Suds With Securb: Valentines Day: A dozen long stems or a dozen longnecks?

Suds With Securb Logo Mrs. Securb has been complaining that ever since embarking on this column adventure, I have been spending more and more time downing beers in my Manroom. I tried to explain to her the importance of research in creating an informative and entertaining read but all I get is an eye roll and head shake as she walks out of my fortress of solitude followed by a loud door slam.

Then just recently a stroke of genius hit me like a lighting bolt; we could spend time together drinking beer! And with Valentines Day around the corner, what better way to say I love you than to buy her some top-notch hooch.

There’s only one bump in the road with this resourceful plan and its a doozie; Mrs. Securb is not a beer drinker. In fact the only beer she’ll touch is Amstel Light and even then shes lucky to get through a 12 pack a year. Every attempt I have made to turn her on to high-end beers has always resulted in a scowl on her face followed by the question How do you drink this crap? I could ask her the same question regarding Amstel Light.

There are some beers that are marketed toward women like the low carbohydrate, but flavorful  Michelob Ultra. It even comes in a dainty little 10-oz. can.  Corona Extra is a favorite of women garnished with its little lime wedge, but alas, this beer also has no flavor or substance. How dare they call this beer extra! The only thing extra about it is the added water.

With Valentine’s Day right around the corner and the Internet yielding no viable information on women and beer, I needed an expert and I needed one quick. So, I turned to Jocelyn Grooms; the beer buyer at Wine Society in Tyngsboro, Massachusetts.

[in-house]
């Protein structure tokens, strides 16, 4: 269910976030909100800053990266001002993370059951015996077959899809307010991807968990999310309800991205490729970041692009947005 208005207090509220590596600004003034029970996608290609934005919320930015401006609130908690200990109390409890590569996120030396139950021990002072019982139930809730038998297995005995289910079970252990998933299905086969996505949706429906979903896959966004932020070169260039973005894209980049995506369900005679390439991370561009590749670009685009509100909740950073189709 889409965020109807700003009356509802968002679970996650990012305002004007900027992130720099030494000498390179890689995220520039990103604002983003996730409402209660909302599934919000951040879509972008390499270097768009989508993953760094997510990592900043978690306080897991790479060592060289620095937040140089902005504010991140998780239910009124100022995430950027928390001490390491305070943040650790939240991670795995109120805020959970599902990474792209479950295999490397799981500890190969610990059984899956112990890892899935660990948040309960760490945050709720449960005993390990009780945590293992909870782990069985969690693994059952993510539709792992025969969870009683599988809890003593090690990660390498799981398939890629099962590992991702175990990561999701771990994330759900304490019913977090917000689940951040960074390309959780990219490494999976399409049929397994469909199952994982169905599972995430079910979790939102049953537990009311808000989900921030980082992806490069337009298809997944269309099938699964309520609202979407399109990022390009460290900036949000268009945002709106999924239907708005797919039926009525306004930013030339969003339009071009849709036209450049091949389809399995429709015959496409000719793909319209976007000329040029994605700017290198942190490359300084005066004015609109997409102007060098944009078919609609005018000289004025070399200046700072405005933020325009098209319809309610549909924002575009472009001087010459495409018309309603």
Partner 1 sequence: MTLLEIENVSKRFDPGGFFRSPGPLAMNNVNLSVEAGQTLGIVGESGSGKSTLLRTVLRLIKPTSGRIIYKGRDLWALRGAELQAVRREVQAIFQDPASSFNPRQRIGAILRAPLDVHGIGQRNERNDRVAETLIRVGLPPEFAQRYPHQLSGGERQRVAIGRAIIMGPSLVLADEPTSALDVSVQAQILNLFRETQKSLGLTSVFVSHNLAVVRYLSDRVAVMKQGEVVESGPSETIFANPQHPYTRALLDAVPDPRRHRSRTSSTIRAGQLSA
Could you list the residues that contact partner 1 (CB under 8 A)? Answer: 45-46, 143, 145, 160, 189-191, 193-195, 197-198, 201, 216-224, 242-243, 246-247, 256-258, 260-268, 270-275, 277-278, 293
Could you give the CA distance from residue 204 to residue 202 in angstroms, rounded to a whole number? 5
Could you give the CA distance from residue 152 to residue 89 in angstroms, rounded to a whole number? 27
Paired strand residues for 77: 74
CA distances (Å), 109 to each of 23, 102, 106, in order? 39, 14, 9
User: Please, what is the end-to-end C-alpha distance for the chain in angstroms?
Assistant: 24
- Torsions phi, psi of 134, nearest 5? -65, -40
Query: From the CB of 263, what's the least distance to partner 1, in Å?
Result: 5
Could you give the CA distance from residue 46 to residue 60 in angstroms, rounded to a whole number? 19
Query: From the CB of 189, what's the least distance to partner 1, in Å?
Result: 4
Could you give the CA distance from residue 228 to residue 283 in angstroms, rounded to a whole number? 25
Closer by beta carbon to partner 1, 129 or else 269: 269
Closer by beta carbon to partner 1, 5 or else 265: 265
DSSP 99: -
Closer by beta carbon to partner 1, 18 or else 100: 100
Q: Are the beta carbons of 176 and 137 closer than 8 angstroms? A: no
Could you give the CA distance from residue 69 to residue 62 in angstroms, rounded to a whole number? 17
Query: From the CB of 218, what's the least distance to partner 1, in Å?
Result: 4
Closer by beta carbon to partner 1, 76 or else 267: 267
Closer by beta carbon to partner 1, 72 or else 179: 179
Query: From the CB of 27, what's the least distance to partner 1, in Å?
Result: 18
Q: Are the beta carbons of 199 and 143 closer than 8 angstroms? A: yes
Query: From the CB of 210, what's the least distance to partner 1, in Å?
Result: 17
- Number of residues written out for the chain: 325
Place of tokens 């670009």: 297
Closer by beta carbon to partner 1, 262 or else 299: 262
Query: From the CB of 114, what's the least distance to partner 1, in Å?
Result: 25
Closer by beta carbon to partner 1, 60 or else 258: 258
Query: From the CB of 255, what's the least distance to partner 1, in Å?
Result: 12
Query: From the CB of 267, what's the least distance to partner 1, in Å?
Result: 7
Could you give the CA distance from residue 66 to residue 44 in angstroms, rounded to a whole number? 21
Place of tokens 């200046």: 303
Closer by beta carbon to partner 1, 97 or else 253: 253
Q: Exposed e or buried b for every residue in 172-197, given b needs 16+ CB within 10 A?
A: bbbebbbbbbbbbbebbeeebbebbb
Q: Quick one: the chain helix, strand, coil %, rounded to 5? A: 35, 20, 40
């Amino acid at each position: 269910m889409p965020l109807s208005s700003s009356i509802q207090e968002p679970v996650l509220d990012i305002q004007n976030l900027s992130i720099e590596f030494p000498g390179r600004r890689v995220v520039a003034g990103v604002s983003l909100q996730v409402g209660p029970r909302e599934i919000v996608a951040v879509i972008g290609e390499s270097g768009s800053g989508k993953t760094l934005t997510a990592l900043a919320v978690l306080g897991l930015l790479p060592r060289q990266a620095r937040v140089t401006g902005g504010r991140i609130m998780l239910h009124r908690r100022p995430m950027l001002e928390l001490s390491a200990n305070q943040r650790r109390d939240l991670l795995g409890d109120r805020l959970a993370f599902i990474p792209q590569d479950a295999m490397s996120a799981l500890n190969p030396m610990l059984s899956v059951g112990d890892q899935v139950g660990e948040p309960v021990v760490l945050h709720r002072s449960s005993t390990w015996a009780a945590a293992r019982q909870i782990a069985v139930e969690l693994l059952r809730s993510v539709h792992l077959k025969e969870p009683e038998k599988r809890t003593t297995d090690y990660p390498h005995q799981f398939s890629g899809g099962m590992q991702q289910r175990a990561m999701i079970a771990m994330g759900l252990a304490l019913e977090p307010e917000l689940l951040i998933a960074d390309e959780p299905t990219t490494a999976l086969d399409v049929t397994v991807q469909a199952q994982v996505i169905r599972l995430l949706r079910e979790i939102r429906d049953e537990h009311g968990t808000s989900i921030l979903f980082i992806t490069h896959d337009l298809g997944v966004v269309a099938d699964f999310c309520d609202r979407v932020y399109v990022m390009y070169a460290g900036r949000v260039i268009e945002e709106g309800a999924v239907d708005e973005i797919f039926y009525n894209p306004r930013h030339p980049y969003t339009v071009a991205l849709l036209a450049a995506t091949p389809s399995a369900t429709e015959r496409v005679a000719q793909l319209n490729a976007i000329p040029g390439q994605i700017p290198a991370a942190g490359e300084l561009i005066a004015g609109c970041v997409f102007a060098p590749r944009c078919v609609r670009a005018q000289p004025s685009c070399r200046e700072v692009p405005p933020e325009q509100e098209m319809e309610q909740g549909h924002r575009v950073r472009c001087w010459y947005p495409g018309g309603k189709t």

I calmly explained my task to Jocelyn and asked for her insight on women and beer. She shared my opinion that beers marketed toward women like Michelob Ultra and Tequiza simply were not good and suggested what she called “transition beers” to bring my wife from the realm of wine coolers and malt beverages to the world of beer. With my interest peaked, we looked at a few Wheat beers, Belguim Whites, and Fruit Beers, finally deciding on 4 for me to take home and sample. The winners were Rogue Morimoto Soba Ale, Jopen Adriaan, Dogfish Head Au Courant and Unibroue Éphémère Apple. Determined to sway Mrs. Securb, I packed these bad boys in the trunk along with a bunch of other treasures and headed home to commence research.

When sampling exceptional beers several criteria must be considered. First look at the beer’s color, its head and its consistency. Do not hold the beer up to light when doing this as that will dilute the true color. Next, give the glass a little swirl to get the carbonation going and release the aroma and slow down for a second to appreciate the fragrance. Breathe it in through your nose with your mouth closed, and then try with your mouth open. Let us now take a sip, not a gulp. Hold it in your mouth and think about the flavor, palette and aftertastes. Is the beer sweet or bitter? Do you sense any underlying flavors like chocolate, raisins, molasses or maybe even dust or cobwebs? There might be some spices you taste even salty or peppery overtones.

If you are sampling multiple beers like I am planning to do in a couple of seconds here, I suggest starting with the lighter brews then working your way up to the darker ones. When I say light to dark I am not talking about color as much as I am talking about taste. There are plenty of light colored IPA’s out there with enough hops in them to wipe out your palette for the night, whereas a Michelob Dark is lighter on the pallete. Still, the color should be a great clue. Also, try to cleanse your palette between beers; wine drinkers sometimes use sorbets. My friend Volgon whom I consider a Beer Jedi suggests cleansing the palette with more beer, like a yellow American Lager.